Steam is both a user-friendly digital game store and a grim shithole, full of weird, archaic remnants of bygone ideas that Valve never got around to finishing or improving on. An example of this is the system of curators. Most users barely interact with it, but recently an independent developer believes the system is being used by scammers who also sell game codes on gray markets. They claim that because they did not provide free codes, their latest game was targeted by these so-called scammers on Steam.
Yesterday on Twitter, Cowcat, the developer behind Brok—a new point-and-click beat ’em up game starring an alligator—shared a now viral thread explaining how a particular type of scam works involving curators, Steam codes, and reviews. steam healer liza are made by the user and anyone can create and update them. with reviews of new or old games, helping people easily find the next game to buy. And while the alleged scammers don’t technically confirm anything in the thread, the evidence is telling and is yet another example of the kinds of shit smaller game developers have to deal with when trying to make and sell games in the year 2022. embargo, scammers tricking developers and PR into handing over codes it is not a new phenomenon by any means.
On August 28, only two days after Whiningrelease date, Cowcat explained that the game was being the target of some Steam curators with suspicious negative reviews. While many of these curators had hundreds of positive reviews for various other games, some had posted negative curator reviews for Whining.
What makes this more suspicious is that many of these healers only had a negative review and it was his Whining revision. Cowcat states that many of these healers had initially posted positive reviews by Whining. But then something changed. So what happened? Well, the developer thinks this attempt to filter out scammers by sending them free codes via email angered some people.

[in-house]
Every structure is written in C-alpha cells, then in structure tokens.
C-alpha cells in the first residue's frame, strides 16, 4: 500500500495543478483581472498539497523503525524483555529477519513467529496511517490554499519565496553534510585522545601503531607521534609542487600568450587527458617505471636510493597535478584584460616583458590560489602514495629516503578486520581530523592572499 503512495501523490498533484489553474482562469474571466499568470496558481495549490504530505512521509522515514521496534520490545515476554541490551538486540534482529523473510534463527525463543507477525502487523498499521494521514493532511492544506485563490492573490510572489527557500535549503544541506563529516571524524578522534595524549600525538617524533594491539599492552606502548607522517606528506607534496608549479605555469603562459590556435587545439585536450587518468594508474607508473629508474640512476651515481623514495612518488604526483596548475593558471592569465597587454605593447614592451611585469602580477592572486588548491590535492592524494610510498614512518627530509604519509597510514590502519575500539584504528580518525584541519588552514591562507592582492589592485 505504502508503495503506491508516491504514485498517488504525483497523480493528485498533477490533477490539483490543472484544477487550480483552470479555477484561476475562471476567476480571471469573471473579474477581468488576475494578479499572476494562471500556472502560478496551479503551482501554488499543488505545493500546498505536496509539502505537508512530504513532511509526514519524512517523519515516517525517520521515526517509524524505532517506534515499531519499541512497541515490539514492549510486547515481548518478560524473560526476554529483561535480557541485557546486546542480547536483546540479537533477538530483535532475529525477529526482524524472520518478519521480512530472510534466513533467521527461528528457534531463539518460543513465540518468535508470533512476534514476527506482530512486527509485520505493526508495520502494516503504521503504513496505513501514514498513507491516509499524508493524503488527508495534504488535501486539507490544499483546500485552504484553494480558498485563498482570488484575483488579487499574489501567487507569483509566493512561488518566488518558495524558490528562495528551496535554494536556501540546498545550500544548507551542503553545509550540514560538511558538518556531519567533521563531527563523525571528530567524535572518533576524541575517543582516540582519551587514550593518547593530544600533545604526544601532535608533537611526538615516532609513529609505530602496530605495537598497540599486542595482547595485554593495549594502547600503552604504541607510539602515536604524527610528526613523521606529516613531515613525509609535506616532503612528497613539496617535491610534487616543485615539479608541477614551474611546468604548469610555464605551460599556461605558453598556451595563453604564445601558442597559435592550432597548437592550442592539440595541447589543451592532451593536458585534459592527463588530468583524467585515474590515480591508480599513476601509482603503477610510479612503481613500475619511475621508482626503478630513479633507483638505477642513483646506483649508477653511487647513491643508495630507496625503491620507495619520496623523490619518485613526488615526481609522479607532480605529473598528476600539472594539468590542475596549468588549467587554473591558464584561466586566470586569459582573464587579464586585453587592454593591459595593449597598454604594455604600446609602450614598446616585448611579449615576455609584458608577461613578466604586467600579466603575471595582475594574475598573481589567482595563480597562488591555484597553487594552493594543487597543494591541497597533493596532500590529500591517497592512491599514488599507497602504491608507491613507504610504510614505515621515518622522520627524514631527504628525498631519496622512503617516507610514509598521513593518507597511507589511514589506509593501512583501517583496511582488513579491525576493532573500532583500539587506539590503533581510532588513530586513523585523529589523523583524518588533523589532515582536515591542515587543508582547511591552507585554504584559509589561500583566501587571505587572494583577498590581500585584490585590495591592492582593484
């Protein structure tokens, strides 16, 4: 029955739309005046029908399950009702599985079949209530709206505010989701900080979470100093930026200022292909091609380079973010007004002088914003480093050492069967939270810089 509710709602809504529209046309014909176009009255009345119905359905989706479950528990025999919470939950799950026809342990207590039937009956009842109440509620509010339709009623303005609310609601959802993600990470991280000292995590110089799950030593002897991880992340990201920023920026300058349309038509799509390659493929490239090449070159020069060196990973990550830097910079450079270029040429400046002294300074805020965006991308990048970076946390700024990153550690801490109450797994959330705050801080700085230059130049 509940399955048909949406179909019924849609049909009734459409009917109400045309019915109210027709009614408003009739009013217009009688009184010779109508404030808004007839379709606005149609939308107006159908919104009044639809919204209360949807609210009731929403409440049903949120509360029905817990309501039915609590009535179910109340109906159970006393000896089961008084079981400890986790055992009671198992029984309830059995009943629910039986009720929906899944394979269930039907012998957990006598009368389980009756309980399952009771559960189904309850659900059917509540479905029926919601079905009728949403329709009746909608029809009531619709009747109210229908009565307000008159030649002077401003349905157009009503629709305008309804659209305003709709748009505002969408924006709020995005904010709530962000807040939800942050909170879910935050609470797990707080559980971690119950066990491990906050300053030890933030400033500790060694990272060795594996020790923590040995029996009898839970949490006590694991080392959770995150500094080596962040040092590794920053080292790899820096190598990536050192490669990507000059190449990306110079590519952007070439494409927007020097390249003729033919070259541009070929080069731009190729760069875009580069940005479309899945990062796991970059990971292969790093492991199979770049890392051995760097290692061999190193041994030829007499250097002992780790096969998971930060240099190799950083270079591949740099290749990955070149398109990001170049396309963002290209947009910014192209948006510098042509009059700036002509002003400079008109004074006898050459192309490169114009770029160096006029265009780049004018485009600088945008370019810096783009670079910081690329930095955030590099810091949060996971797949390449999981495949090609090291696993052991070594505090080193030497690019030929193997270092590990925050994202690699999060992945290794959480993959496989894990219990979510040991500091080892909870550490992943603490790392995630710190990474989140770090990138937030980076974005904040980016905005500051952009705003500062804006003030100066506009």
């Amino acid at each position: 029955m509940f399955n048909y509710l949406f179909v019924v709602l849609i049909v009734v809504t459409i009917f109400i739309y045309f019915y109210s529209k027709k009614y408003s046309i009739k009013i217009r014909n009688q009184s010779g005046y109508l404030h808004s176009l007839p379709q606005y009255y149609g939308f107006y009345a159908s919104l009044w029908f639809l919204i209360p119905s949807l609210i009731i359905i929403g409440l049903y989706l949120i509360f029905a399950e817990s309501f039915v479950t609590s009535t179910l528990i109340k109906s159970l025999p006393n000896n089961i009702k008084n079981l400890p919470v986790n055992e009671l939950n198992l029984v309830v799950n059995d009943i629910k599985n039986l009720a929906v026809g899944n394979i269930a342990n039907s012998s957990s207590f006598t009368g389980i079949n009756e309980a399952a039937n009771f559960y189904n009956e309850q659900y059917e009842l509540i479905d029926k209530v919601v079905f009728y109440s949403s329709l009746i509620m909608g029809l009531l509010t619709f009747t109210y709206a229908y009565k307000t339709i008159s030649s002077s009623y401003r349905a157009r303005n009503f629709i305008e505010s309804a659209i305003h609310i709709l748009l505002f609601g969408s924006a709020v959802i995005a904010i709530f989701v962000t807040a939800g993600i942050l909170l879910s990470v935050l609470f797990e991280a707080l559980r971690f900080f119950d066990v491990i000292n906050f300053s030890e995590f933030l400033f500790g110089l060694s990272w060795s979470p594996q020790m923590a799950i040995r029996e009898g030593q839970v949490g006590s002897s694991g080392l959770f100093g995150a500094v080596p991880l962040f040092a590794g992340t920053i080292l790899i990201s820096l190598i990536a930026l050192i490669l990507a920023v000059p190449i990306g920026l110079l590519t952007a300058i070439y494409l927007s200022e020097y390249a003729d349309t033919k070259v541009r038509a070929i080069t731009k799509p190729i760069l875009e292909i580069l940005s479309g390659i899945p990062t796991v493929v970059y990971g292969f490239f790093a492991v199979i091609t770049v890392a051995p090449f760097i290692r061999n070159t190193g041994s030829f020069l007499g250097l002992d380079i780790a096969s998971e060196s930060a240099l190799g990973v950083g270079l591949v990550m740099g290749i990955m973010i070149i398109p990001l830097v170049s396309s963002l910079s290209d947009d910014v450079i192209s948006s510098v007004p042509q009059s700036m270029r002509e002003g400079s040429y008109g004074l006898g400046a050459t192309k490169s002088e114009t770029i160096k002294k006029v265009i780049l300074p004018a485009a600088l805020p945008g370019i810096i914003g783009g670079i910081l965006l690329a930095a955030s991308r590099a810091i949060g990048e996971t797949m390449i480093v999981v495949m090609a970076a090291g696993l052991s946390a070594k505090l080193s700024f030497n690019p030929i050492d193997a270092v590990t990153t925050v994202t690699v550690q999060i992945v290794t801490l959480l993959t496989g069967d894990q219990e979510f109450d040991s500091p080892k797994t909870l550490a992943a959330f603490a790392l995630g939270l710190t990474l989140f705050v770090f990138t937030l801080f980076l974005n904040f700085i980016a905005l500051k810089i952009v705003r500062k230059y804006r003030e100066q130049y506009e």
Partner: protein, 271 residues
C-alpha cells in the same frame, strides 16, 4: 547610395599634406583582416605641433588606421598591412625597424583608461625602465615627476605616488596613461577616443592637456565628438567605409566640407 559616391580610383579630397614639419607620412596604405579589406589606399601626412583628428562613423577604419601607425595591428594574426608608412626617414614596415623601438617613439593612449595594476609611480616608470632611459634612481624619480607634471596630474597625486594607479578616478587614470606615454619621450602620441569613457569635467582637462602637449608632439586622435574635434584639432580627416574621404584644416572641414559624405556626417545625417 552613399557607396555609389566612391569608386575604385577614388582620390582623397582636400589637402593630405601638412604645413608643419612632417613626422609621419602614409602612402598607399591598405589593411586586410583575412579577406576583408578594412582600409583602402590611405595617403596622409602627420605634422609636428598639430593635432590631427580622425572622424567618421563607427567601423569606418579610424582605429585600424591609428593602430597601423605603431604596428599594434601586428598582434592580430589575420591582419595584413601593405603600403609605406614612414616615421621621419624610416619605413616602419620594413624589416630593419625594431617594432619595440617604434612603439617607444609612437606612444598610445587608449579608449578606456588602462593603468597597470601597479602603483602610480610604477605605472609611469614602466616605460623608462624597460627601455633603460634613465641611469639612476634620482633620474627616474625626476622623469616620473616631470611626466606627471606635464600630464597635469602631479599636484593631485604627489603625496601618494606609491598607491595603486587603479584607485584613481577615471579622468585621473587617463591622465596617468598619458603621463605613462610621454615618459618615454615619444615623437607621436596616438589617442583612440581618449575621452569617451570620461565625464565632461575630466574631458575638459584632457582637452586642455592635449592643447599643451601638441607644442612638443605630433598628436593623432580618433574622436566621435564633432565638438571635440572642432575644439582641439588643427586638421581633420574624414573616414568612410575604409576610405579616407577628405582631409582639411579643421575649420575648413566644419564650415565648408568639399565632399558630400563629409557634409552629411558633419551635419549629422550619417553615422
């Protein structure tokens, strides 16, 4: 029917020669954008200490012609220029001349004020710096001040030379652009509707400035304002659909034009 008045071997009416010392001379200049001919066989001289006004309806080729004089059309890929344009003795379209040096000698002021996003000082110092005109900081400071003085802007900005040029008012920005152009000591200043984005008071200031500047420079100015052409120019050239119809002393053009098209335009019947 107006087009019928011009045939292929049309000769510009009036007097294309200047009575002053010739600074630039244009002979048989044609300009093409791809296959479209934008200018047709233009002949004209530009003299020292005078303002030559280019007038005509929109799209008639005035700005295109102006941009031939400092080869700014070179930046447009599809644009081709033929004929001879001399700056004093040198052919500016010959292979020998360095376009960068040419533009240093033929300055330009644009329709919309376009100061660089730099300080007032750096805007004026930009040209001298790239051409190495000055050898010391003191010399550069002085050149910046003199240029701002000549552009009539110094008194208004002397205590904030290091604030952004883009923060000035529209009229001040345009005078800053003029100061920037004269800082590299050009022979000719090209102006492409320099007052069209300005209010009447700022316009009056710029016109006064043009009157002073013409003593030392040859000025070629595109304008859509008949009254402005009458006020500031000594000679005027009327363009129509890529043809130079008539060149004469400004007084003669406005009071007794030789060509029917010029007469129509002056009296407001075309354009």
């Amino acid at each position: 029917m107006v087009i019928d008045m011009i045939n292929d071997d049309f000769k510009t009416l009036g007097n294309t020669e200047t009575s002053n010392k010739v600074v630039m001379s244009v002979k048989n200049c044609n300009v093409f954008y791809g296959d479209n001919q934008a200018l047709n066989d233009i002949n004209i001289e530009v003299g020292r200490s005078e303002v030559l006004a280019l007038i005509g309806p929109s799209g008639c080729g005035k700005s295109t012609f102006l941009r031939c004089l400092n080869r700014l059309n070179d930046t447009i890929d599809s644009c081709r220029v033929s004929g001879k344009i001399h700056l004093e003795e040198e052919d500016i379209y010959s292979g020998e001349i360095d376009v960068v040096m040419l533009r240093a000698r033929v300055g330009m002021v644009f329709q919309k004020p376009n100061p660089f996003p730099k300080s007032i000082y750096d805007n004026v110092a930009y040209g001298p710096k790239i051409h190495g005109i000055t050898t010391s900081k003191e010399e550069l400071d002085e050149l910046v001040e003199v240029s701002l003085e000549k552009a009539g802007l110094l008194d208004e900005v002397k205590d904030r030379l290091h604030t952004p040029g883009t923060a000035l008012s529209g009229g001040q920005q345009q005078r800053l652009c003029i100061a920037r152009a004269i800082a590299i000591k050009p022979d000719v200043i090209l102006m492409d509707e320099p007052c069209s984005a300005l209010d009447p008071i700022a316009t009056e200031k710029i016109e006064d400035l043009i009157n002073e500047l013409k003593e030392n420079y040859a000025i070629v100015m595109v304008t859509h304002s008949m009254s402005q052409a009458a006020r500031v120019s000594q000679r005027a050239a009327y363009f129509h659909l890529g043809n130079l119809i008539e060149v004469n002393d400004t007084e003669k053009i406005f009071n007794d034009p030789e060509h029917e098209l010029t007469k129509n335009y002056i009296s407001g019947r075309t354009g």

Usually, Indie Developer Email Inboxes Are Flooded with people requesting codes, claiming to be reviewers, critics, YouTubers, editors, etc. As Cowcat mentions in the thread, most of these are scammers looking to get some free codes which can then be sold on shady key selling sites. But in an effort not to accidentally ignore the few legitimate critics and reviewers who reach out to play Whining, Cowcat devised a plan. They sent all these people Steam keys for free-to-play Whining prologue, which acts as a prequel and demo to the full game. Cowcat thought that people who really wanted to play the game for review purposes would use the code, see that it was for the free prologue, and report the bug. And although some contacted the developer about the “mistake” that most didn’t make, which Cowcat thinks is because they didn’t want to play it, instead they quickly sold the key through the shadow key sellers.
This move likely caused these scammers some problems as the people who bought the keys found out that they had been scammed. So Cowcat believes that some of these scammers went to their curator pages on Steam and checked Whining negatively before its release. What makes these reviews highly suspicious is that Cowcat never released the full game to these people, however, their reviews claim to have played the full game.
it should be noted that any curator can review any game on steam, even if they don’t own it or never have played, which makes it even easier for people to use the old, barely updated fraud system.
my box has reached out to Cowcat and Valve.
After all of this, Cowcat says they plan to let Valve know about these Steam curators. They also further criticized the company for allowing Steam curators and shady scammers to use positive and negative reviews like this to “blackmail” indie developers. Additionally, they asked people not to buy games through shady key sites, as the developers don’t see a dime of these sales, as the codes are often obtained through scams like the one Cowcat believes these curators are involved.
As to how this will affect WhiningCowcat is not worried because they don’t believe in these healers lead to many sales on Steam. But they are still happy that their thread has gone viral and is helping spread the word about how these types of scams continue to go unpunished on Steam.